Resource Capacity Planning

Learn why capacity planning is essential to effective resource management.

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A new opportunity is in the pipeline. Everyone is hyped.

Then comes the reality check: Can you really afford to take on additional workload?

Are you headed for a breakthrough? Or a breakdown?

Resource capacity planning compels managers to ask the simple but tough question: Do we have the available resources to match the project requirements?

About Resource Capacity Planning

When we say resources, we think of all the factors needed to get the work done. Resource requirements include people, equipment, facilities, funds, time, specialized skills, and any other provisions needed to successfully execute and deliver a project.

Capacity planning goes beyond the plain equation of supply and demand. To be sustainable, capacity planning should be high level and strategic -- designed to withstand a dynamic, competitive, and constantly changing work environment.

As a resource management process, capacity planning helps an organization to determine if they have the adequate resources – now and in the future – to deliver projects on time, on budget, and on track, with optimized resource utilization, as well as the ability to tackle changes and overcome possible gridlocks along the way.

Where should they focus their time, energy, and attention? And why?

Are the returns going to be commensurate to the actual amount of work to be done?

Which initiatives or activities are aligned with the company’s objectives and provide the most value to their business?

Why is resource capacity planning important to project success?

Resource capacity planning is vital to successful project portfolio management as it sieves through infinite resource demands with the realistic constraints of resource supply, minimizing the risk of accepting more work than you can handle or trying to do more with less.

In a highly competitive business environment, the mad rush for taking on exciting new projects is a temptation few can resist, especially if they also promise to be lucrative.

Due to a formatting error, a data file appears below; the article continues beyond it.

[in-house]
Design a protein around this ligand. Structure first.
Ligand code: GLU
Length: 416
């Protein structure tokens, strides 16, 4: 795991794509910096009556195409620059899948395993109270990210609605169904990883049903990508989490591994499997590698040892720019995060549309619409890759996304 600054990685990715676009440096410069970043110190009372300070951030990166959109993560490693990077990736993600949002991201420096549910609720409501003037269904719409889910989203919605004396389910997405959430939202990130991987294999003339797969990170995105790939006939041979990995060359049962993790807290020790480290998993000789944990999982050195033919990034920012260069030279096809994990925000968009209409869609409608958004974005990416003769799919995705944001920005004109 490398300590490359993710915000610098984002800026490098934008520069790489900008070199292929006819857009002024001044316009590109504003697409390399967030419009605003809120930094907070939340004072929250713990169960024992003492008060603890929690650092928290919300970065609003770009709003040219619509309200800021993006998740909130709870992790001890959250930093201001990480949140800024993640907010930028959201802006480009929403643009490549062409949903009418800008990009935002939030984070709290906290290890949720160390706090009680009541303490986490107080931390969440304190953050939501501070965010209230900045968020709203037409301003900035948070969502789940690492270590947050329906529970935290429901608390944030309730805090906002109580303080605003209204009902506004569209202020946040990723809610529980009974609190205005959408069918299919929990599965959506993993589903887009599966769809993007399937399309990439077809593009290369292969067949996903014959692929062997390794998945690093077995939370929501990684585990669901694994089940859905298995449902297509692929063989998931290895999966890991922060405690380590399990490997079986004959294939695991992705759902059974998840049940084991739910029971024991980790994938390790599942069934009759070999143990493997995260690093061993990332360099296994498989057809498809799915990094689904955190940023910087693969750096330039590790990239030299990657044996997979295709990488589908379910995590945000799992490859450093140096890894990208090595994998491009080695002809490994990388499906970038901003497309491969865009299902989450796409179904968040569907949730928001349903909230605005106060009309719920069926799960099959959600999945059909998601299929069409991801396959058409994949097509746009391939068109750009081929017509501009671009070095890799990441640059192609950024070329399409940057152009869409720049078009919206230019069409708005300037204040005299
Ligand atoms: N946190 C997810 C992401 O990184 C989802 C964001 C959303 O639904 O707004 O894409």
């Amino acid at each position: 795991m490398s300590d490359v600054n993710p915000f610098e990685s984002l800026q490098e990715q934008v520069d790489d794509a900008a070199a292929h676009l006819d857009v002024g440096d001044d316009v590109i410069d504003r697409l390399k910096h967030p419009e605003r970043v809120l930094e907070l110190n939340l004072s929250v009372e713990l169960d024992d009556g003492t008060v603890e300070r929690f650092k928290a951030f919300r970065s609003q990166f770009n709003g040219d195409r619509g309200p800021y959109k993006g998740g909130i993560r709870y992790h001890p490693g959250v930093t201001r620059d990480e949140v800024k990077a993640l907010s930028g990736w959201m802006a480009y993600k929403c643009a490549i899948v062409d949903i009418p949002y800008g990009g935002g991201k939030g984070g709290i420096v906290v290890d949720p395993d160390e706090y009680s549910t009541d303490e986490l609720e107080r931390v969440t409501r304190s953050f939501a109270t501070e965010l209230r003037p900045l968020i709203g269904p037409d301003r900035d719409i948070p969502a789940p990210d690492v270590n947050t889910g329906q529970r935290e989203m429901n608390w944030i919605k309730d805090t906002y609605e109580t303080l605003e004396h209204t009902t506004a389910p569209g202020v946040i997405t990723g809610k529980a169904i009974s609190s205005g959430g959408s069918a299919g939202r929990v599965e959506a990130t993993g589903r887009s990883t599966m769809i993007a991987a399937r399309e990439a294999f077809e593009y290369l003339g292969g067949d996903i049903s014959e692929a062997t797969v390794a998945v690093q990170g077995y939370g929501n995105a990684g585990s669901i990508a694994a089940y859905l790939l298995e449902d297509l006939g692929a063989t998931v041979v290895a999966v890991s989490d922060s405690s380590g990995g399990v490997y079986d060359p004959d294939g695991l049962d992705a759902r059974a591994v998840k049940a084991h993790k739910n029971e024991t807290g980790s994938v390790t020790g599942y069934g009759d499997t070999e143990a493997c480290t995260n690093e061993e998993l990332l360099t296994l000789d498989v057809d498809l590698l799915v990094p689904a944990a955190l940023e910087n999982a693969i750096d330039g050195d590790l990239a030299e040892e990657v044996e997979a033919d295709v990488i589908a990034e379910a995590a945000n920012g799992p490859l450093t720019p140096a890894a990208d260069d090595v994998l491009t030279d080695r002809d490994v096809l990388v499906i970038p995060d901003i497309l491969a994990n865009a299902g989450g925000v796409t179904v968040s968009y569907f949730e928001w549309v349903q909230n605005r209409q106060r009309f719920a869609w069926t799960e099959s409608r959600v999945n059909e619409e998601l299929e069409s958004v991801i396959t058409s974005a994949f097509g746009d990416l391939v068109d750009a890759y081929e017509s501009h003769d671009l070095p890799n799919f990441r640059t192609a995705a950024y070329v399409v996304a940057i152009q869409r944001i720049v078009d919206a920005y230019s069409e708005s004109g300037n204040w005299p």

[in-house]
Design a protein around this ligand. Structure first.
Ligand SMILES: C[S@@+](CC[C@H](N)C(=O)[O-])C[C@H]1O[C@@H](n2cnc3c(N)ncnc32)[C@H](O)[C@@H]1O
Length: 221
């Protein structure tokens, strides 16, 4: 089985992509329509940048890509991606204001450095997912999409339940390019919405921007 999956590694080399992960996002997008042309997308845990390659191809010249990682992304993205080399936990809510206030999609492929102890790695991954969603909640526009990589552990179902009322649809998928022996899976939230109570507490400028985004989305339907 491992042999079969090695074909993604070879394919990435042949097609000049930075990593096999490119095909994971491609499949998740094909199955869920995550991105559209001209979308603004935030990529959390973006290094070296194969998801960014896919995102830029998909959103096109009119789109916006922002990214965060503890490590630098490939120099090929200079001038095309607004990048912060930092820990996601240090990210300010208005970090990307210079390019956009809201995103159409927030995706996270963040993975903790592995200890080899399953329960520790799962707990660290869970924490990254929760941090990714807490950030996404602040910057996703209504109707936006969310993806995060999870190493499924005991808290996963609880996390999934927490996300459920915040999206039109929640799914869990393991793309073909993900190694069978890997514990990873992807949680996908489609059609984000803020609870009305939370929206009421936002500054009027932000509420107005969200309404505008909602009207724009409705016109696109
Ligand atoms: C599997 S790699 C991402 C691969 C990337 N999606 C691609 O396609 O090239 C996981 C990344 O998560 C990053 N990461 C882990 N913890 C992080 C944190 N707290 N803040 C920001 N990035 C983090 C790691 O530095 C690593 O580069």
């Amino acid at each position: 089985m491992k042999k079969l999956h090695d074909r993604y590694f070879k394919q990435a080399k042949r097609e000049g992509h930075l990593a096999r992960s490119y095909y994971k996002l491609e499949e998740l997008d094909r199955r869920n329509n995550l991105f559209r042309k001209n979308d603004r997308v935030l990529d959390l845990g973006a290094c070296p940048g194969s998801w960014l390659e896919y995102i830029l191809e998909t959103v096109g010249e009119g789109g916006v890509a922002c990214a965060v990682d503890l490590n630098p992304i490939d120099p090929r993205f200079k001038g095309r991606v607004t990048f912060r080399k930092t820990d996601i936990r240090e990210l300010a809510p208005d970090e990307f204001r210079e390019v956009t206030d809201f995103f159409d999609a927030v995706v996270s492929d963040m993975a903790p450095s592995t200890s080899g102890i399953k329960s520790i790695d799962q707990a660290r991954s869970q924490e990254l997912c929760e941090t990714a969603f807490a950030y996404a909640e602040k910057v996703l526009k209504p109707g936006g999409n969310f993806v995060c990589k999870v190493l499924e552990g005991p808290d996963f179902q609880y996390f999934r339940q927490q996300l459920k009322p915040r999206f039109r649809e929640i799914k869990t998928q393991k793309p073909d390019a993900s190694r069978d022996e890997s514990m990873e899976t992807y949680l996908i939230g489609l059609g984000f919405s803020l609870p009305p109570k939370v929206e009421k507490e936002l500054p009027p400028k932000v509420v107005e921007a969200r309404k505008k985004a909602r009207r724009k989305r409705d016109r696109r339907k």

However, failure to seriously consider resource capacity as a critical factor in the project planning process can result in a high probability of team burnout, budget overruns, missed schedules, and unnecessary waste of resources.

Do you have adequate workforce in terms of skill and capacity? Can they handle more work or do you need to bring additional people on board?

Will your available resources and schedules allow you to engage in this project now or do you need to defer?

Is it possible to re-allocate resources from lower priority projects?

Can you realistically deliver within the deadline, budget, and scope required by the client?

In a nutshell, good capacity planning enables key decision makers to make smarter choices in managing demands against available resources, now and into the future.

How do you manage capacity planning more effectively?

Successful capacity planning should in some way guarantee efficiency and profitability.

Some factors to consider in effective capacity planning include:
  • Resource Allocation – Often defined as assigning “the right people working on the right projects at the right time,” strategic resource allocation is crucial in making sure that the project is on time, on budget, and on track. It also reduces unnecessary waste in time, money, and manpower throughout the different levels of project management.
  • Resource Demand – A high level of visibility is crucial for project managers to monitor resource demand in real-time and obtain a holistic view of the opportunities (or threats) that surround a project. Without this ability to see the big picture, resources are prone to be either overloaded or underutilized – neither of which adds value to your portfolio.
  • Resource Utilization – You cannot maximize resource efficiency without having a clear idea of exactly where and how your different resources are being used. This is especially important when your organization is working on multiple projects simultaneously and you are compelled to make the most of available resources.
  • Project Prioritization – Sound project portfolio management demands that resources are assigned to projects in order of their priority. Based on accurate project data and requirements, resource managers need to analyze and decide which projects to give precedence to. These decisions are usually influenced by factors such as urgency, cost-effectiveness, and overall sustainability.

To reduce project failure and increase performance, a growing number of service organizations make use of project management software to plan, organize, manage, and successfully deliver the projects to which they have committed.

Why invest in a good capacity planning tool?